When the tax relief act was passed at the end of last year many people in the estate planning community were pleased to see some slight improvements in the estate tax parameters. At the present time the estate tax exclusion is $5 million and the maximum rate of the tax is 35%. What this means is that your estate is not subject to federal taxation if its value is $5 million or less. Any portion of your estate that exceeds $5 million in value is exposed to this 35% levy.
Before you move on secure with the knowledge that your estate is worth less than $5 million you would do well to consider the fact that the Tax Relief, Unemployment Insurance Reauthorization, and Job Creation Act of 2010 is going to expire at the end of 2012. As things stand at the present time the estate tax exclusion is going to be just $1 million in 2013, and we will be looking at the same 55% maximum rate that was in place in 2001. So the reality is that your heirs may well be faced with the prospect of a 55% federal death levy if you live beyond 2012 and your estate exceeds $1 million in value.
You may analyze your assets and recognize that it is your home that is driving the value of your estate over the estate tax exclusion amount, and if this is the case you may want to consider the creation of a qualified personal residence trust. When you create the trust you name a beneficiary and you set a term during which you will remain in the home as usual. By creating the trust you remove the home from your estate for estate tax purposes. At the end of the term the beneficiary assumes ownership of the property.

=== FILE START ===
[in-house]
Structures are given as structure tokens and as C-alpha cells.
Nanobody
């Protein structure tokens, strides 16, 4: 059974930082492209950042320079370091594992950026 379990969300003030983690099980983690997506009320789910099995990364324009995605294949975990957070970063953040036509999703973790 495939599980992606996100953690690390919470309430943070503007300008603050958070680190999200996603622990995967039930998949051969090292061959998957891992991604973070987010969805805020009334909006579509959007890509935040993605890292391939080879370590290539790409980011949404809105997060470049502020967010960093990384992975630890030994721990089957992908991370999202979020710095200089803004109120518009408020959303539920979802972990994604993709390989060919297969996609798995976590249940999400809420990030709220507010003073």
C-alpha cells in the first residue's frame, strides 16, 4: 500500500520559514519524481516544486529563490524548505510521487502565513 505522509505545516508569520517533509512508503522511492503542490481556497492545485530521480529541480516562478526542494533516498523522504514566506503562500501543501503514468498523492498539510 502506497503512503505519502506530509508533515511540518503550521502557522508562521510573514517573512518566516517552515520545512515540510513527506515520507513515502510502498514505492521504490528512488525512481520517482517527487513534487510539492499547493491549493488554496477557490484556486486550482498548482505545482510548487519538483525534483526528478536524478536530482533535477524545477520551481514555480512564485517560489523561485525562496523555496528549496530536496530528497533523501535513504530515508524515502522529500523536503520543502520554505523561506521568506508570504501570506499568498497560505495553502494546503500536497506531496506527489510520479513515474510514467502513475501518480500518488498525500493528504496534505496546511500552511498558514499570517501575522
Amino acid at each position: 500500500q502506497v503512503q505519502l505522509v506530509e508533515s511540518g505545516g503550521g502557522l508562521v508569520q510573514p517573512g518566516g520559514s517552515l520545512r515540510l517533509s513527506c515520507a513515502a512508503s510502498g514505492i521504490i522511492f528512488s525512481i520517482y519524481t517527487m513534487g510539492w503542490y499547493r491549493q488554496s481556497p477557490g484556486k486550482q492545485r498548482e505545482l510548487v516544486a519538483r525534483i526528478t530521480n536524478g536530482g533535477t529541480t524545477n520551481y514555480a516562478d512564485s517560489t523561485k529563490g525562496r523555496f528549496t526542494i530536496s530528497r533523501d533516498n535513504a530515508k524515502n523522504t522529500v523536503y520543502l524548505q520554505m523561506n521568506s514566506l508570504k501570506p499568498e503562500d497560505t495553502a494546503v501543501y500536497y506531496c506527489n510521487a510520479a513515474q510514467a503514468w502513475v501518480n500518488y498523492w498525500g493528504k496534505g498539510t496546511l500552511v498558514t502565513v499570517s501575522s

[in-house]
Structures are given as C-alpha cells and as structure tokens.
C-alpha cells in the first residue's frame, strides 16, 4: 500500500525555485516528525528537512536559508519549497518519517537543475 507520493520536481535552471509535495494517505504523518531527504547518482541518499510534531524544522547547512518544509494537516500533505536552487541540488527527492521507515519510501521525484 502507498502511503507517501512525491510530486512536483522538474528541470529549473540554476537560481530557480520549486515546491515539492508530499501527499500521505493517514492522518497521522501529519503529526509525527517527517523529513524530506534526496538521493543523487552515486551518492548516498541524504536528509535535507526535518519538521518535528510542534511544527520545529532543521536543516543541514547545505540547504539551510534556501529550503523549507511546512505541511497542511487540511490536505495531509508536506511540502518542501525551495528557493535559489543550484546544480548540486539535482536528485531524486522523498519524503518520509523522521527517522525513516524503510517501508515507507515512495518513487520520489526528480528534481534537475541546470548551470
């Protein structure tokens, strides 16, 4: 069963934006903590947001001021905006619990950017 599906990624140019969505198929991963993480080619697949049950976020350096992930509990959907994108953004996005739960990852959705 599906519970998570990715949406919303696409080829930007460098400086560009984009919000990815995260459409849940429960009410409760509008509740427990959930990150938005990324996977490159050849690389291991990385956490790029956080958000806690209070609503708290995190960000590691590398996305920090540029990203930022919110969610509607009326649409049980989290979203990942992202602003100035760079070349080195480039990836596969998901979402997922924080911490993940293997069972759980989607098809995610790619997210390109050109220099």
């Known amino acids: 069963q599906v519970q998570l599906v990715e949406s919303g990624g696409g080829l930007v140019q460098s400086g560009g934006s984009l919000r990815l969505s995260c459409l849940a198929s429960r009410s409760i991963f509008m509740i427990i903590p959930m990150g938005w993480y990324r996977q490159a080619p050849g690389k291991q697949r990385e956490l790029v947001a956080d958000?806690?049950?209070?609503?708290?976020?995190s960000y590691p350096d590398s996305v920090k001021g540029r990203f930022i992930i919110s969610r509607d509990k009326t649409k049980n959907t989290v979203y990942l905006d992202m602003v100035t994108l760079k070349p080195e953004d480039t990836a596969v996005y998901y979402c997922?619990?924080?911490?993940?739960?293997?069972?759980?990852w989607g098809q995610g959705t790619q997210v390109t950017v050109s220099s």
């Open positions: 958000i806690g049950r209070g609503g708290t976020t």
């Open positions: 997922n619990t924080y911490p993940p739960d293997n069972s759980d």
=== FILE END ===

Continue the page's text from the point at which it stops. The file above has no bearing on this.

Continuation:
The placement of the home into the trust is considered to be a taxable gift, but the IRS reduces its taxable value by the interest that you retain in the home while you remain living in it. So the taxable value of the home will be far less than its true fair market value. This strategy is completely successful when that value is ultimately less than the gift tax exemption that is available to you. Should this be the case no tax will be applicable upon the transfer of the property to your beneficiary after the term has expired.